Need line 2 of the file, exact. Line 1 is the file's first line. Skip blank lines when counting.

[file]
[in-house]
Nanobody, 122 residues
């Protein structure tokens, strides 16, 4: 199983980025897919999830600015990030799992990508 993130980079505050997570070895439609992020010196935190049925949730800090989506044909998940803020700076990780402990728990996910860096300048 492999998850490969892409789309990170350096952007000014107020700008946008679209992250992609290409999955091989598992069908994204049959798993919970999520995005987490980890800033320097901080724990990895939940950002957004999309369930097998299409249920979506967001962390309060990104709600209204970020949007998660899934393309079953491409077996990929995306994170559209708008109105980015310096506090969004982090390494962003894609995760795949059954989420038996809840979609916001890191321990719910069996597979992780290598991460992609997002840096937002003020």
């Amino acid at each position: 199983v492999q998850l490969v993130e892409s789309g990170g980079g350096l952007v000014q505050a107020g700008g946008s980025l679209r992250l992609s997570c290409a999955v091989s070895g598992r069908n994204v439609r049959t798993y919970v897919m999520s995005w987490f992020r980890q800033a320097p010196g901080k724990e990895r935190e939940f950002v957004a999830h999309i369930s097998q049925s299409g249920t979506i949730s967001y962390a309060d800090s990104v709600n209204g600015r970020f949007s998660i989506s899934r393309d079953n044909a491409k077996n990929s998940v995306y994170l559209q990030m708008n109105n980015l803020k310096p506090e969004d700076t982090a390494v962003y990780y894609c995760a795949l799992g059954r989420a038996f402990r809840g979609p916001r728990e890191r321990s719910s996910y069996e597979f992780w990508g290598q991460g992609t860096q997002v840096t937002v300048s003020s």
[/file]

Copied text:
Nanobody, 122 residues